“‘Heart of Gold’ put me in the middle of the road. Traveling there soon became a bore, so I headed for the ditch. A rougher ride, but I saw more interesting people…”
Written for the sleeve notes to 1977’s retrospective compilation Decade, this has become perhaps the most over-quoted comment Neil Young ever made about his own music. But, while heading into the murk of the first album in what has been dubbed his “Ditch Trilogy,” it’s worth rolling it out again.
What strikes you most about the statement is its certainty, the way Young, in hindsight, casts what happened after Harvest as a conscious, calculated move: a purposeful rejection of mainstream success, a deliberate dive out of the limelight into grungy obscurity.
Listening to Time Fades Away, though, a live album such as no one ever made before, what strikes you most is how uncertain it sounds. Not hesitant, because it thumps, howls and rages, when it isn’t whispering and crying. But undefined, unrehearsed, undecided, unspooling out of control, as the singer and his beleaguered band try to catch up with what they’re playing and work out what it’s supposed to be, or whether or not they even like it. It doesn’t sound the result of premeditated planning. It sounds like it’s coming out the way it is because no one can do anything about it.
The facts are these. Toward the end of 1972, Young was preparing to tour, and the stakes were high. For one thing, it was to be something of a comeback, his first time on the road in nearly two years. For another, it was the biggest tour of his life so far. After The Goldrush and the plaintive acoustic reveries of Harvest had made him a radio mainstay, figurehead for a generation looking for a voice. Young was booked to play 65 huge arena dates across America over 90 gruelling days.
Prior to hitting the road, two things happened that would establish the mood for the three months to come. Assembling a band to rehearse at his ranch, Young called Danny Whitten, the Crazy Horse guitarist with whom he had once found a symbiotic partnership, but whose heroin habit had caused an estrangement. It soon became clear Whitten’s drug problems remained as bad as ever. He was in no shape to play. Young sacked him, sent him packing back to LA. When his plane touched down, the desperate Whitten binged on downers and booze, and died that same night on a bathroom floor.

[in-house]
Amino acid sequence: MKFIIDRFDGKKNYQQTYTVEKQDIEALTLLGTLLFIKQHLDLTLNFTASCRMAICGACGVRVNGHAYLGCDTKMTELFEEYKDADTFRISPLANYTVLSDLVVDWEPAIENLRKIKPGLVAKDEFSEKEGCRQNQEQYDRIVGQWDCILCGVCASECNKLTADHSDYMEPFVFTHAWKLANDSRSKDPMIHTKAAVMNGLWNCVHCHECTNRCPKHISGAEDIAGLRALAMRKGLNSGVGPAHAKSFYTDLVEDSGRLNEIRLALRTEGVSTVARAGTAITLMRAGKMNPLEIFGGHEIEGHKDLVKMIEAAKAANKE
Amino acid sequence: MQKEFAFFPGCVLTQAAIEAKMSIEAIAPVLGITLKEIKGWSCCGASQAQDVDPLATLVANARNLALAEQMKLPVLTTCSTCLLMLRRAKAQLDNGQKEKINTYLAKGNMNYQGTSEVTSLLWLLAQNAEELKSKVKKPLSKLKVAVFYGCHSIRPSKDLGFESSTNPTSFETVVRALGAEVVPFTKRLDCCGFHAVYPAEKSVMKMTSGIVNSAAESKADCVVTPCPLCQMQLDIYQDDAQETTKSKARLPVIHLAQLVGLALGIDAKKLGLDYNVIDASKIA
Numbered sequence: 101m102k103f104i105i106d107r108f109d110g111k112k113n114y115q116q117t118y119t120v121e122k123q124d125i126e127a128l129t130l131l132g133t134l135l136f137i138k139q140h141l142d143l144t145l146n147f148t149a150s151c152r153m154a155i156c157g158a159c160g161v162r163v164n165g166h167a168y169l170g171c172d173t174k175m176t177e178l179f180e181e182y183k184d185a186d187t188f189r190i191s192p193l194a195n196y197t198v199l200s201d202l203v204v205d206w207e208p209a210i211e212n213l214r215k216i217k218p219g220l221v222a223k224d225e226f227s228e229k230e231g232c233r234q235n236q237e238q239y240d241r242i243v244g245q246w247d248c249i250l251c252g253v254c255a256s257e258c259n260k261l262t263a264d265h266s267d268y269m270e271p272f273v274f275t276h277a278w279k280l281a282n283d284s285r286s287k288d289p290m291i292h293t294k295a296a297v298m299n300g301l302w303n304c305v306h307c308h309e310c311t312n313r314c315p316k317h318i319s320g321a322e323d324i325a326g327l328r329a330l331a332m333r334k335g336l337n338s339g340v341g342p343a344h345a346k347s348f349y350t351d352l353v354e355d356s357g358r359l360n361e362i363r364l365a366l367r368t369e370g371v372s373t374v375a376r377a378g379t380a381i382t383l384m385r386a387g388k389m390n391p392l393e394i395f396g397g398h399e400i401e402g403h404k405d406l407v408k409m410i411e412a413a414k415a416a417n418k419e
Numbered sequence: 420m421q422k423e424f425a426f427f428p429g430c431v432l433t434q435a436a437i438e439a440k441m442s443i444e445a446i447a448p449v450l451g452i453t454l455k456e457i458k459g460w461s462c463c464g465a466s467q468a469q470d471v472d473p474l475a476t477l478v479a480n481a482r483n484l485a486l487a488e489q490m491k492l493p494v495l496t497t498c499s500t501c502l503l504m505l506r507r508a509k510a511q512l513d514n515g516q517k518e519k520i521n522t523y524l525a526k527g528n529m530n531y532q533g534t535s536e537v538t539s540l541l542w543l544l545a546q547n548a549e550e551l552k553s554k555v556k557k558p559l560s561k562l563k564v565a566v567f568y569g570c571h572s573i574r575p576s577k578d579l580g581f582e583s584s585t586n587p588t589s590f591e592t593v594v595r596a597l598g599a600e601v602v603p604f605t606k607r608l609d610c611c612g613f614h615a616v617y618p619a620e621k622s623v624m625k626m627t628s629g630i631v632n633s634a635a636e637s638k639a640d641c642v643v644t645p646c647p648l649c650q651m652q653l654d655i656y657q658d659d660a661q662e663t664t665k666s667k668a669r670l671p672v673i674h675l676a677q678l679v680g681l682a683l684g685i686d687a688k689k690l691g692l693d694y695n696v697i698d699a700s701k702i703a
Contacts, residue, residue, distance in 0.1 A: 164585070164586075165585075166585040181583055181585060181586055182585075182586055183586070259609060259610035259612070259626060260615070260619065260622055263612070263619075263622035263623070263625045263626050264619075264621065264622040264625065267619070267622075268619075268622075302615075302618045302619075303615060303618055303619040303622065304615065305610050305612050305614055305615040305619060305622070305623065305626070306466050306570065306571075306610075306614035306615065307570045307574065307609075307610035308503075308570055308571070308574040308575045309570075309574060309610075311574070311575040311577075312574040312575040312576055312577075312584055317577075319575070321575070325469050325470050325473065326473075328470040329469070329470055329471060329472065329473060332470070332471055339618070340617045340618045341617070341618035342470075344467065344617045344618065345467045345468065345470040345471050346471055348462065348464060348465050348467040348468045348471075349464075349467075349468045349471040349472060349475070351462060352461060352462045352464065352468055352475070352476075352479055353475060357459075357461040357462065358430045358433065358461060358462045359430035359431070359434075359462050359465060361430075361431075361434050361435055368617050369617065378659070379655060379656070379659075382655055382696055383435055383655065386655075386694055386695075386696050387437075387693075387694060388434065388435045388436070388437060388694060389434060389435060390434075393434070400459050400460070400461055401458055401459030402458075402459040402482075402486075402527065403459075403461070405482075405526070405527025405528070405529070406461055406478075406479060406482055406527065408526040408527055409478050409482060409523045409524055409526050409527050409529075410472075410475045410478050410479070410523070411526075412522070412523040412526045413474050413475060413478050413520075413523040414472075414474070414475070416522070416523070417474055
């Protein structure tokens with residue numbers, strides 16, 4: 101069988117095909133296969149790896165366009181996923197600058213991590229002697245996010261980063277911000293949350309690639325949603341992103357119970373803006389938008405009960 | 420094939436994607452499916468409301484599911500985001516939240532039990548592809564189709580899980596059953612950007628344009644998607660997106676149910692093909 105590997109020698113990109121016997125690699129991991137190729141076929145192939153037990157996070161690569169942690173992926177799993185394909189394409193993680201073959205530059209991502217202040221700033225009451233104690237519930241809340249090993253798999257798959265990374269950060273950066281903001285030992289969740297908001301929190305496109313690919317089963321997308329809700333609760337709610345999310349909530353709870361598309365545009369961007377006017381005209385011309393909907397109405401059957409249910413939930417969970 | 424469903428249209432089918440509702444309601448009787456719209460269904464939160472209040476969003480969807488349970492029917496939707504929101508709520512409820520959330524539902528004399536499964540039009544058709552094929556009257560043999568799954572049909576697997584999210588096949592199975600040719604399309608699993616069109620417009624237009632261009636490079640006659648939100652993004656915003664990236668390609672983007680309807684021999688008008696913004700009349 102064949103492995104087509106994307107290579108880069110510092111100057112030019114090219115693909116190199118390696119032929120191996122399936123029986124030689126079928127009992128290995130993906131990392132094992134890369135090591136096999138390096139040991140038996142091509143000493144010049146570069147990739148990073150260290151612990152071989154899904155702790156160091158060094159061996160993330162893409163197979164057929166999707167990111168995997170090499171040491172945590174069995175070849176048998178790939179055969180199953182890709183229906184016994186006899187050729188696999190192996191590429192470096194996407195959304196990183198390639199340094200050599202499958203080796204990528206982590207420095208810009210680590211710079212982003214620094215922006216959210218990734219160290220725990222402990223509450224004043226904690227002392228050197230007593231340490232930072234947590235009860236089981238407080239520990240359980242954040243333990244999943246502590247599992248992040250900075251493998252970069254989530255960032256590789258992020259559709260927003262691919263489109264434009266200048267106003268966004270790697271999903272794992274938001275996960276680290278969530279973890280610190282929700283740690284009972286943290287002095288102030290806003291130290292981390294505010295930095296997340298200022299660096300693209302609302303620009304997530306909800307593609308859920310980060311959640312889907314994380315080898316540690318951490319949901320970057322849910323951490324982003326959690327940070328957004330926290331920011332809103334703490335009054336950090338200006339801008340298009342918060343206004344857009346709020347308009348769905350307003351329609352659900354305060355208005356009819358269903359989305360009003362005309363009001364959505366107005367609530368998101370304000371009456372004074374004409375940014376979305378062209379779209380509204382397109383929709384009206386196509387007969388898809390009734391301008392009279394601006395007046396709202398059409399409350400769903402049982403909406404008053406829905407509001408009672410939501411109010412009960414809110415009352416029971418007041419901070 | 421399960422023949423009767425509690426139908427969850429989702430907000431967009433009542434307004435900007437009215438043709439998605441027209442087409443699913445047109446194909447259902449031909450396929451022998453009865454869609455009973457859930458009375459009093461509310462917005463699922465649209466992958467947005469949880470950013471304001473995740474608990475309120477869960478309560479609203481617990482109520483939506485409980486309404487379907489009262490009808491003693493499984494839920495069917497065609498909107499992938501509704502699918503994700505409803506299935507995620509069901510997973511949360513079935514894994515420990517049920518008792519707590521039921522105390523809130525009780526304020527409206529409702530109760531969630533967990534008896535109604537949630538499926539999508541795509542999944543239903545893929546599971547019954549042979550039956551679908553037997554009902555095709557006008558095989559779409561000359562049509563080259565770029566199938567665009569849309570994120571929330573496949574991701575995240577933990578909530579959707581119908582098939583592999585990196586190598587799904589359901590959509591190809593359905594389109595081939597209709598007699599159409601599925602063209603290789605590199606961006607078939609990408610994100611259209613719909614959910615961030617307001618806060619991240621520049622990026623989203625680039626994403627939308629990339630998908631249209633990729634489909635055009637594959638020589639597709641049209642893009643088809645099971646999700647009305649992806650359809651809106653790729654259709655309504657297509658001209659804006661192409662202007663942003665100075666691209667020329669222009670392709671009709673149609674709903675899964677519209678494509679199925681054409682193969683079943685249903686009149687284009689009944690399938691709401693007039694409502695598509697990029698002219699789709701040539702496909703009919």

Stunned by grief and feeling guilt, Young’s spirit blackened further when, on the eve of the tour, his band suddenly demanded vastly increased wages. By the first date, January 5, 1973, he was barely speaking to them, and not saying comradely things when he was. By midway, original drummer Kenny Buttrey was gone, either fired, or folding under the nightly pressure of Young screaming he wasn’t playing loud enough.
Loud became one of the tour’s defining characteristics. Crowds arriving expecting Harvest’s balms were bewildered to find Young, wrestling with an unaccustomed Flying V guitar, devoting large chunks of the sets to new, heavier, darker rock songs. Audiences grew restive, and the antagonism between the musicians was soon shared between performer and fans, too. By the tour’s latter stages, Young’s voice was in danger of packing up, shredded equally from feverish singing, and from berating his band and his audiences. CSN&Y comrades David Crosby and Graham Nash were eventually drafted in to provide vocal support as the tour crawled to an end.